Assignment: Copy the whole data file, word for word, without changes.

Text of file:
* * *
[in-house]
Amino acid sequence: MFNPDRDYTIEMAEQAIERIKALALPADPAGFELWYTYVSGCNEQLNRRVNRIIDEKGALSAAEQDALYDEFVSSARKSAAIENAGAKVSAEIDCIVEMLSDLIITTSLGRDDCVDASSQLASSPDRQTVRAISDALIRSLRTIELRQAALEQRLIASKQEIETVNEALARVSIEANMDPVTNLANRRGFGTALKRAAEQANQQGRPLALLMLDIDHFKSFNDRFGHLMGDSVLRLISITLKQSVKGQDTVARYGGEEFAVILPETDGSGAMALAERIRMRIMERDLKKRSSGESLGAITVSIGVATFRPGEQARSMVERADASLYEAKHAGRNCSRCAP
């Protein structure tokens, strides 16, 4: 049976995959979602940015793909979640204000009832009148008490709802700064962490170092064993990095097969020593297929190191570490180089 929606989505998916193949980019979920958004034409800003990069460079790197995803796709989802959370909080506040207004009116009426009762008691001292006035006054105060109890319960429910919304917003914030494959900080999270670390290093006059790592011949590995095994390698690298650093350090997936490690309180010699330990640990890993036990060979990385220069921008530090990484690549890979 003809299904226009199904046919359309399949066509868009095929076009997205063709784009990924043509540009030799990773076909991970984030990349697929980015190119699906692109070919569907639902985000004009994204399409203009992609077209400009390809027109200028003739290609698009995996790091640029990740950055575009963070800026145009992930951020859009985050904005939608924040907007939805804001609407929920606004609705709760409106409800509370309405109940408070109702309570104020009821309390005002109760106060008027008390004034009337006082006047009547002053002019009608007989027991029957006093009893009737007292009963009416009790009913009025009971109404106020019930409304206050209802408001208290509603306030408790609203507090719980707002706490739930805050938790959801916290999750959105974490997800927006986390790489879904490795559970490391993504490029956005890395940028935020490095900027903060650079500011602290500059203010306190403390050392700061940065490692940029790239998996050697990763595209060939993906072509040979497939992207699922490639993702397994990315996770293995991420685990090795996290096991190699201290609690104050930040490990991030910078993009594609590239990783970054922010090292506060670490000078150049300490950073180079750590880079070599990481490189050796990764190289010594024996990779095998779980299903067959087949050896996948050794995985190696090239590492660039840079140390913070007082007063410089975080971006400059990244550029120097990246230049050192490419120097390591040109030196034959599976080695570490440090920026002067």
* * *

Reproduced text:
[in-house]
Amino acid sequence: MFNPDRDYTIEMAEQAIERIKALALPADPAGFELWYTYVSGCNEQLNRRVNRIIDEKGALSAAEQDALYDEFVSSARKSAAIENAGAKVSAEIDCIVEMLSDLIITTSLGRDDCVDASSQLASSPDRQTVRAISDALIRSLRTIELRQAALEQRLIASKQEIETVNEALARVSIEANMDPVTNLANRRGFGTALKRAAEQANQQGRPLALLMLDIDHFKSFNDRFGHLMGDSVLRLISITLKQSVKGQDTVARYGGEEFAVILPETDGSGAMALAERIRMRIMERDLKKRSSGESLGAITVSIGVATFRPGEQARSMVERADASLYEAKHAGRNCSRCAP
């Protein structure tokens, strides 16, 4: 049976995959979602940015793909979640204000009832009148008490709802700064962490170092064993990095097969020593297929190191570490180089 929606989505998916193949980019979920958004034409800003990069460079790197995803796709989802959370909080506040207004009116009426009762008691001292006035006054105060109890319960429910919304917003914030494959900080999270670390290093006059790592011949590995095994390698690298650093350090997936490690309180010699330990640990890993036990060979990385220069921008530090990484690549890979 003809299904226009199904046919359309399949066509868009095929076009997205063709784009990924043509540009030799990773076909991970984030990349697929980015190119699906692109070919569907639902985000004009994204399409203009992609077209400009390809027109200028003739290609698009995996790091640029990740950055575009963070800026145009992930951020859009985050904005939608924040907007939805804001609407929920606004609705709760409106409800509370309405109940408070109702309570104020009821309390005002109760106060008027008390004034009337006082006047009547002053002019009608007989027991029957006093009893009737007292009963009416009790009913009025009971109404106020019930409304206050209802408001208290509603306030408790609203507090719980707002706490739930805050938790959801916290999750959105974490997800927006986390790489879904490795559970490391993504490029956005890395940028935020490095900027903060650079500011602290500059203010306190403390050392700061940065490692940029790239998996050697990763595209060939993906072509040979497939992207699922490639993702397994990315996770293995991420685990090795996290096991190699201290609690104050930040490990991030910078993009594609590239990783970054922010090292506060670490000078150049300490950073180079750590880079070599990481490189050796990764190289010594024996990779095998779980299903067959087949050896996948050794995985190696090239590492660039840079140390913070007082007063410089975080971006400059990244550029120097990246230049050192490419120097390591040109030196034959599976080695570490440090920026002067």